This is a quick summary of all the information about my Raspberry Pi Stockfish Cluster (all posts). For more detailed setup instructions, see Creating a Stockfish Cluster.
Over the past month or so, I’ve been working on building a server cluster to run the Stockfish chess engine. This is 4 small computers together that act like one single more powerful computer. I did this partly because I wanted a dedicated remote chess engine to connect to, and partly because I wanted to see if I could build a cluster using Raspberry Pi mini computers.
The cluster consists of 4 Raspberry Pi Model 4B computers. Each Raspberry Pi has a 1.5GHz Quad-core ARM processor. These are the latest available Raspberry Pi and cost about $35 each for the computer. There are other costs involved (SD cards, power supplies, etc) that I detail in my post on cluster parts. The whole thing was less than $250.
I had some Raspberry Pis that I repurposed from other projects, and some that I bought. I had some of the other equipment as well, so my total price was much less.
All the Raspberry Pis are networked together and in a cute case.
I did overclock the Raspberry Pis to get slightly better performance.
The basic system looks like this
The communication happens to the “master” node, which coordinates with all the worker nodes to do the processing together.
Obviously this runs Stockfish. However, it is a custom build of stockfish that is made specifically for a cluster environment. For the full setup process, you can read my more detailed post about the stockfish cluster.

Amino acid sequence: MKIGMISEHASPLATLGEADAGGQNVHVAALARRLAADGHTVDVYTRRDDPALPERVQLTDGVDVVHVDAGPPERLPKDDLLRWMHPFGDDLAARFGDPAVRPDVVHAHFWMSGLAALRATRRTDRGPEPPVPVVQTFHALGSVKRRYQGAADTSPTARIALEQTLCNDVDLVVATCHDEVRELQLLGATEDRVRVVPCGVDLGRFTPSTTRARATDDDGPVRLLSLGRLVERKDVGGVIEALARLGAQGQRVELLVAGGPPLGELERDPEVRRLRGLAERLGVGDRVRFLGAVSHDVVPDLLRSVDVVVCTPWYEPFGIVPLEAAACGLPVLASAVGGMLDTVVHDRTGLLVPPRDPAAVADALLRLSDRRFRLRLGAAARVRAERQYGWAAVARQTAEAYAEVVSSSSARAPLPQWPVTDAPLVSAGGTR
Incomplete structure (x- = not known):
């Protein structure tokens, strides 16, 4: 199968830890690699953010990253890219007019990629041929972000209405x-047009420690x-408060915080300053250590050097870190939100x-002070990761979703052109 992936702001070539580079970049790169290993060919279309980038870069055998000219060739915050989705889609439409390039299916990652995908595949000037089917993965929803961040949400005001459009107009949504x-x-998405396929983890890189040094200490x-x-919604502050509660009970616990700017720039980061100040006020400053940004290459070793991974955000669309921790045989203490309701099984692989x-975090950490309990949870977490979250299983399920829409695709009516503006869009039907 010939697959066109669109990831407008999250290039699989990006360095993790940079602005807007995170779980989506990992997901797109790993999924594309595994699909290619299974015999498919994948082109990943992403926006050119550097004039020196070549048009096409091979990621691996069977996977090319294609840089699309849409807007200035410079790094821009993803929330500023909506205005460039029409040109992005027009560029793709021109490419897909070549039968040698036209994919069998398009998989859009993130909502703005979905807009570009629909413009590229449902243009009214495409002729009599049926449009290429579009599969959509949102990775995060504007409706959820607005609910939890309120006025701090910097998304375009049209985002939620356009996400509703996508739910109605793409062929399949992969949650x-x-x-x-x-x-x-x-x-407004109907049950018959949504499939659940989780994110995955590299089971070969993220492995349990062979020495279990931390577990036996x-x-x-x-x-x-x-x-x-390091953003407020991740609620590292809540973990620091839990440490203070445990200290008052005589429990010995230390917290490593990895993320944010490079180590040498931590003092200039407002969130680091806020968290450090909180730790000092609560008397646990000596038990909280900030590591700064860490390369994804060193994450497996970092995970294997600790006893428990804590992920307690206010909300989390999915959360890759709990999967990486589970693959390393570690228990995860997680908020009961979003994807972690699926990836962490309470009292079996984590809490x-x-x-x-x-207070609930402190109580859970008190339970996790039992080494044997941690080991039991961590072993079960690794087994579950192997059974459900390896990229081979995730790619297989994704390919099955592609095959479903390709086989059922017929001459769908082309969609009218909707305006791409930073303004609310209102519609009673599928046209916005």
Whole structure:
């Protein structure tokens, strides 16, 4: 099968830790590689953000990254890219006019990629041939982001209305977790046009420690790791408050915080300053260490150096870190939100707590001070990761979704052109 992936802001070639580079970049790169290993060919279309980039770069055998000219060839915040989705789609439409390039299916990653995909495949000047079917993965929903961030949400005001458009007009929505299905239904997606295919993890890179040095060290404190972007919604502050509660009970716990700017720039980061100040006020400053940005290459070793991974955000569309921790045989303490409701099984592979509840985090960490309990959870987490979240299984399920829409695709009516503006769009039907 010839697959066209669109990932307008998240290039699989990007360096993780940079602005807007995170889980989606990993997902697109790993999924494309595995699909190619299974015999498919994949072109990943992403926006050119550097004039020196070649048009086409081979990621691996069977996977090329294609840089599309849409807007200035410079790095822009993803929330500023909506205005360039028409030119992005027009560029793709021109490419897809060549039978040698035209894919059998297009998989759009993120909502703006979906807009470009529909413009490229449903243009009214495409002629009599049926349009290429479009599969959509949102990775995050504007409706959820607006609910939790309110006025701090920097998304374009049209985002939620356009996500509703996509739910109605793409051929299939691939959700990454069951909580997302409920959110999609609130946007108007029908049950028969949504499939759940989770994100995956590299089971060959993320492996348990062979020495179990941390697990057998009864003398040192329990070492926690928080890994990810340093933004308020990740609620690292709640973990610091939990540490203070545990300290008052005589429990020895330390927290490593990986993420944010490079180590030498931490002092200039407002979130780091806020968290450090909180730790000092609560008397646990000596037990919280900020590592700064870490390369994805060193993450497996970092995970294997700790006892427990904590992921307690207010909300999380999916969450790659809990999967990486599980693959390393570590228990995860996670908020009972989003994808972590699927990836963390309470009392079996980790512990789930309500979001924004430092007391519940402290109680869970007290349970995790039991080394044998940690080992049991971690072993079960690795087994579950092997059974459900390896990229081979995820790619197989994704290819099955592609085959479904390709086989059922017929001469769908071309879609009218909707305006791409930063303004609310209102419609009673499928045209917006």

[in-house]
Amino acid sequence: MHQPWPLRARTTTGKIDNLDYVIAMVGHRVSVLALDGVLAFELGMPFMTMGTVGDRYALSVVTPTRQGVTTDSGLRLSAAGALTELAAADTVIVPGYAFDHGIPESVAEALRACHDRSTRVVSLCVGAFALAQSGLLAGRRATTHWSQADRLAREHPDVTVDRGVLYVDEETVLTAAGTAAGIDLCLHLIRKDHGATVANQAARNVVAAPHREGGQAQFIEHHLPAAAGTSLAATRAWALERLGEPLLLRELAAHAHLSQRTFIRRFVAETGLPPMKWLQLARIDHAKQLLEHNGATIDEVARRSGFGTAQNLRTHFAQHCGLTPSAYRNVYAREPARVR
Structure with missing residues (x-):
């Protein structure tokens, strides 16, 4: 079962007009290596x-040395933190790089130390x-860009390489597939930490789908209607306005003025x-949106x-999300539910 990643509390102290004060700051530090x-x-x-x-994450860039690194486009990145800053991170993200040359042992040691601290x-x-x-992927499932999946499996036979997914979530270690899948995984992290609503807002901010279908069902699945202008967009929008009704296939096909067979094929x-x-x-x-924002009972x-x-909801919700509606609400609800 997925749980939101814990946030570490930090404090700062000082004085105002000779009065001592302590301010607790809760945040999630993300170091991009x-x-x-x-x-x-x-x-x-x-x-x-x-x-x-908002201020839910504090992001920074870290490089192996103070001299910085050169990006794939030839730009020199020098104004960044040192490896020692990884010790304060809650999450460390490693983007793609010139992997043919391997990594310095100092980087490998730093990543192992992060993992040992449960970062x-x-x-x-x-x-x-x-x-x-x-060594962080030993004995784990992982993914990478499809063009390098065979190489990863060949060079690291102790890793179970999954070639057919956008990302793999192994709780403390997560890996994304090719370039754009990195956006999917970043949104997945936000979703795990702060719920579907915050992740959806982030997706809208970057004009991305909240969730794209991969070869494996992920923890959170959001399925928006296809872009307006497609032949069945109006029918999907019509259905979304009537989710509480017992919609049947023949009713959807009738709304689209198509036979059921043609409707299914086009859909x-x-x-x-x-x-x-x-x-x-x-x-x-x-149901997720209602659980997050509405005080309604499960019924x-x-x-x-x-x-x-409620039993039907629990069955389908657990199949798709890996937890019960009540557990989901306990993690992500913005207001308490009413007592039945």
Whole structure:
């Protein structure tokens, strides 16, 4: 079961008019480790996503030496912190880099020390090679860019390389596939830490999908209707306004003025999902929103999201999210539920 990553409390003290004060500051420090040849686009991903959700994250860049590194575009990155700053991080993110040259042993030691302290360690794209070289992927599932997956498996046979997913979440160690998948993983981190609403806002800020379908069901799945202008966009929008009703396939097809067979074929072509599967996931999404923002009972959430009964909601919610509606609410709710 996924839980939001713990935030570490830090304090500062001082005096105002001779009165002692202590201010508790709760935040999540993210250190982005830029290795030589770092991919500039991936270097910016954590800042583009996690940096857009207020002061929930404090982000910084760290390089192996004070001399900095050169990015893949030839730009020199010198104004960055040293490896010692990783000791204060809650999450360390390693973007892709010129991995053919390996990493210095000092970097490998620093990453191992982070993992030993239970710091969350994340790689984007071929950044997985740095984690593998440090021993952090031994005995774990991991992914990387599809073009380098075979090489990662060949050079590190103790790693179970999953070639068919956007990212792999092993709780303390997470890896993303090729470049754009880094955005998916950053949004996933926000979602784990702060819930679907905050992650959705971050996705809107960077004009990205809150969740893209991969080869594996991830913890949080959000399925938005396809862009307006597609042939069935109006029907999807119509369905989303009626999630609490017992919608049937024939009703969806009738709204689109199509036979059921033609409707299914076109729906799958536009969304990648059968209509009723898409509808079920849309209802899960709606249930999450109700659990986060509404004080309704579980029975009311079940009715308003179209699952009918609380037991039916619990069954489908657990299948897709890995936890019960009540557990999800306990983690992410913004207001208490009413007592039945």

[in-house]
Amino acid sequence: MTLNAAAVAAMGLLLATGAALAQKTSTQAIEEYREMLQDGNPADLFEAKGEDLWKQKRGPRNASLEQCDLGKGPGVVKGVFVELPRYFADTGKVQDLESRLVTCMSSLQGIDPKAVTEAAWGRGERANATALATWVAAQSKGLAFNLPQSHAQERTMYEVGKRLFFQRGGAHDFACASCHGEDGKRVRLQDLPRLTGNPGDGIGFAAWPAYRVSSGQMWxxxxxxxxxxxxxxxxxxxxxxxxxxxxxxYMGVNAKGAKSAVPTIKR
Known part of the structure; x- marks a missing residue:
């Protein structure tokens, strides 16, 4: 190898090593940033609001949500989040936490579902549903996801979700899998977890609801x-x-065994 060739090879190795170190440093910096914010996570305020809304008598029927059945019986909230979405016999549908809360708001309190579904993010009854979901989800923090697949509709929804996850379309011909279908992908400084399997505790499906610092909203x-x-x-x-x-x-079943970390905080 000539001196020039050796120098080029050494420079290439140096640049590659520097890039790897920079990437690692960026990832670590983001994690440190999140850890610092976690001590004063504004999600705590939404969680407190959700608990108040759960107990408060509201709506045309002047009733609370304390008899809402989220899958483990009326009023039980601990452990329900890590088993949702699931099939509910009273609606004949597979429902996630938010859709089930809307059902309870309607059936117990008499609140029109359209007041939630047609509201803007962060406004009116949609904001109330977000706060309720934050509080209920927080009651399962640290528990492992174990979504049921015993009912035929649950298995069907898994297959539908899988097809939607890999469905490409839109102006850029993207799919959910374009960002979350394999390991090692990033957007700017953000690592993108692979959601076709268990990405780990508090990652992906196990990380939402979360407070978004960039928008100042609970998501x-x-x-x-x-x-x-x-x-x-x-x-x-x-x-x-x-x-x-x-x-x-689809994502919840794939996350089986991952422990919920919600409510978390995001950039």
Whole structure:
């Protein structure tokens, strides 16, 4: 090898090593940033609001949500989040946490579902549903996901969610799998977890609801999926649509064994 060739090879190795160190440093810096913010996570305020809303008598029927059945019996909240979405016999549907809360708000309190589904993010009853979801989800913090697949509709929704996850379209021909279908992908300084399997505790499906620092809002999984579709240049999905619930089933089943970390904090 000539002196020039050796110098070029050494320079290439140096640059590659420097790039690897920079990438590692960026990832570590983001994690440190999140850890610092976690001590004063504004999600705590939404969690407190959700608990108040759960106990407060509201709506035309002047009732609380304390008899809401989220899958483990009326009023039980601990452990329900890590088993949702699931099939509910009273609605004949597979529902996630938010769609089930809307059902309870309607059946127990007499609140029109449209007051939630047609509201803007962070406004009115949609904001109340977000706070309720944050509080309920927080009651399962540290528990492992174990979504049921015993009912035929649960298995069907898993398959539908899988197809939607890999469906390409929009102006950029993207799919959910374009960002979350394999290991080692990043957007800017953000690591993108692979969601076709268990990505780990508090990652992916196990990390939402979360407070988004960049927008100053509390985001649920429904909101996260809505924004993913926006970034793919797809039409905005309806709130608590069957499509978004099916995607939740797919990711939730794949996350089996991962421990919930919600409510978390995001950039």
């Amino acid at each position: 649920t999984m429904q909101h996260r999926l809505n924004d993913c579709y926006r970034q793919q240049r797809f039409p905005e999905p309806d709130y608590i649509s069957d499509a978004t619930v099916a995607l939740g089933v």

The communication within the cluster uses OpenMPI. This is the magic that makes the 4 computers work together.
Using the built-in performance benchmark, I get results around 2 MN/s (2,000,000 nodes per second).
I was hoping this would compete with a single dedicated chess server, or even be comparable to running on my laptop (9 MN/s). Spreading the processing load over 16 cores (4 computers with quad-core processors) in theory should be fast. No such luck. One issue is that each Raspberry Pi is not as powerful as most modern CPUs. But that is by design and the reason they are $35. Another issue is network latency communicating between the cluster nodes, which you would not have with a single, more powerful, computer.
Is it Worth It?
If you just want a dedicated server to run a chess engine with the highest performance, there are better options than a Raspberry Pi cluster. For $250, which is about the cost of all the parts, you could also probably find a used computer that would perform better. For example, I recently bought a chromebook for my family for about that price that performs at about 3 MN/s. And yes, the first thing I did with the new chrromebook was install stockfish on it.
You could also look into a cloud-based stockfish solution. For me that provides a better balance between great performance and low cost.
That said, this was a very fun project. Having a remote server, raspberry pi or otherwise, is great for analyzing games as it does not drain you laptop battery. I am not a grand master looking to find the latest theoretical line, I just want to review my games and see what I should have done instead of blundering.